Category Archives: headstones

Individualization of Headstones at Hollywood Cemetery

Unlike the gravestones at St. John’s Episcopal Church, which are mostly traditional three-lobed headstones with minimal iconography, the gravestones at Hollywood Cemetery are far more extravagant in both their shape and their iconography. The gravestones face multiple different directions, rather than just east, and there are many that stand out for their individuality and uniqueness. One of the more interesting and distinguishable gravestones I saw was that of John Branch Gormon, who died at only two years of age.

IMG_7785

The grave is one of the smaller in the cemetery, roughly three feet tall, typically suggestive of a child’s grave. It is covered with three-dimensional iconography, mainly flora and natural symbols, denoting the beauty and brevity of life, also typical of gravestones marking young death. Ferns decorate the bottom left of the headstone, which Keister proposes to mean humility, frankness, and sincerity in his field guide. A five-lobed plant grows along the left side of the headstone, and what seems to be a calla lily appears on the right-hand side, typically used to symbolize majestic beauty and marriage. The center of the tombstone features a setting sun, signifying that the sun has set on this child’s life. Additionally, the words “Our Darlings” are inscribed above the setting sun and “Children of J.N.S.D. Gorman” is engraved on a log that lies diagonally across the stone. Lastly, a bonnet sits on the bottom right of the grave, which was likely similar to one worn by the child who passed.

Upon first discovering the grave, I felt as though it could have come straight out of a story book or nursery rhyme. The art is large and dramatic for such a small headstone, yet simple at the same time, as if it were meant to be easily accessed and understood. The natural symbolism and child-like iconography also conveys the innocence and purity of the grave, such as the lily and the bonnet. Finally, the decision to inscribe “Our Darlings” makes me think of precious, dainty children as opposed to teenagers or young adults.

I was surprised at the drastic shift of creative liberties taken in this rural cemetery as opposed to an older cemetery such as the one at St. John’s. However, the documentary “Death and the Civil War” shed light on the number of casualties and the lack of urgency to bury the dead soldiers and/or hold memorial services. As a result, the community worked to give each soldier the remembrance he deserved as a result of his service to his country. Like John Gormon, many of those buried in Hollywood Cemetery died after the Civil War, when Americans were still mourning the great loss of confederate and union soldiers. Perhaps the individuality and uniqueness of the graves at Hollywood Cemetery are an attempt to make up for the lack of personalization given to the soldiers who died during the Civil War.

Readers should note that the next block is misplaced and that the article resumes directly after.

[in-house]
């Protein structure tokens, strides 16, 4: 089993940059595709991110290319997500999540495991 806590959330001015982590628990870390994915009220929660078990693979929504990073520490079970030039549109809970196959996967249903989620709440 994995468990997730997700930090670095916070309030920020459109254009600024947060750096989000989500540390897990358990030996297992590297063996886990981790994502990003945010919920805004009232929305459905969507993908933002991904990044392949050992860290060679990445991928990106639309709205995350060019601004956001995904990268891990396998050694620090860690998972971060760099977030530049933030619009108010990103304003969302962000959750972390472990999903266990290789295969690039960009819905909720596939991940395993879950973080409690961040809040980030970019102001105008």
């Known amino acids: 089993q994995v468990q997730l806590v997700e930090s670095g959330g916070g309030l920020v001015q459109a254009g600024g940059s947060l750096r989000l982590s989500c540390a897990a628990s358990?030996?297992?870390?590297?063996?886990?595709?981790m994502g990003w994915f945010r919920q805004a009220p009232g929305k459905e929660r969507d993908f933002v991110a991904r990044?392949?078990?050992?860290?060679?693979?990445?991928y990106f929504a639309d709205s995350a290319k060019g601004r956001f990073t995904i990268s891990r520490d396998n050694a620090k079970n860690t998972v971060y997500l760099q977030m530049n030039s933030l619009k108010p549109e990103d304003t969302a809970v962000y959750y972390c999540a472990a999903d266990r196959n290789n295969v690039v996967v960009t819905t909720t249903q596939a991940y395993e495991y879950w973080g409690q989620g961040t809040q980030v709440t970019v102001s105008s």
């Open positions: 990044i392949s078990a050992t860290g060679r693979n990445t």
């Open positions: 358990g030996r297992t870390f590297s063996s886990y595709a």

Individualization of Headstones at Hollywood Cemetery

Unlike the gravestones at St. John’s Episcopal Church, which are mostly traditional three-lobed headstones with minimal iconography, the gravestones at Hollywood Cemetery are far more extravagant in both their shape and their iconography. The gravestones face multiple different directions, rather than just east, and there are many that stand out for their individuality and uniqueness. One of the more interesting and distinguishable gravestones I saw was that of John Branch Gormon, who died at only two years of age.

IMG_7785

The grave is one of the smaller in the cemetery, roughly three feet tall, typically suggestive of a child’s grave. It is covered with three-dimensional iconography, mainly flora and natural symbols, denoting the beauty and brevity of life, also typical of gravestones marking young death. Ferns decorate the bottom left of the headstone, which Keister proposes to mean humility, frankness, and sincerity in his field guide. A five-lobed plant grows along the left side of the headstone, and what seems to be a calla lily appears on the right-hand side, typically used to symbolize majestic beauty and marriage. The center of the tombstone features a setting sun, signifying that the sun has set on this child’s life. Additionally, the words “Our Darlings” are inscribed above the setting sun and “Children of J.N.S.D. Gorman” is engraved on a log that lies diagonally across the stone. Lastly, a bonnet sits on the bottom right of the grave, which was likely similar to one worn by the child who passed.

Upon first discovering the grave, I felt as though it could have come straight out of a story book or nursery rhyme. The art is large and dramatic for such a small headstone, yet simple at the same time, as if it were meant to be easily accessed and understood. The natural symbolism and child-like iconography also conveys the innocence and purity of the grave, such as the lily and the bonnet. Finally, the decision to inscribe “Our Darlings” makes me think of precious, dainty children as opposed to teenagers or young adults.

I was surprised at the drastic shift of creative liberties taken in this rural cemetery as opposed to an older cemetery such as the one at St. John’s. However, the documentary “Death and the Civil War” shed light on the number of casualties and the lack of urgency to bury the dead soldiers and/or hold memorial services. As a result, the community worked to give each soldier the remembrance he deserved as a result of his service to his country. Like John Gormon, many of those buried in Hollywood Cemetery died after the Civil War, when Americans were still mourning the great loss of confederate and union soldiers. Perhaps the individuality and uniqueness of the graves at Hollywood Cemetery are an attempt to make up for the lack of personalization given to the soldiers who died during the Civil War.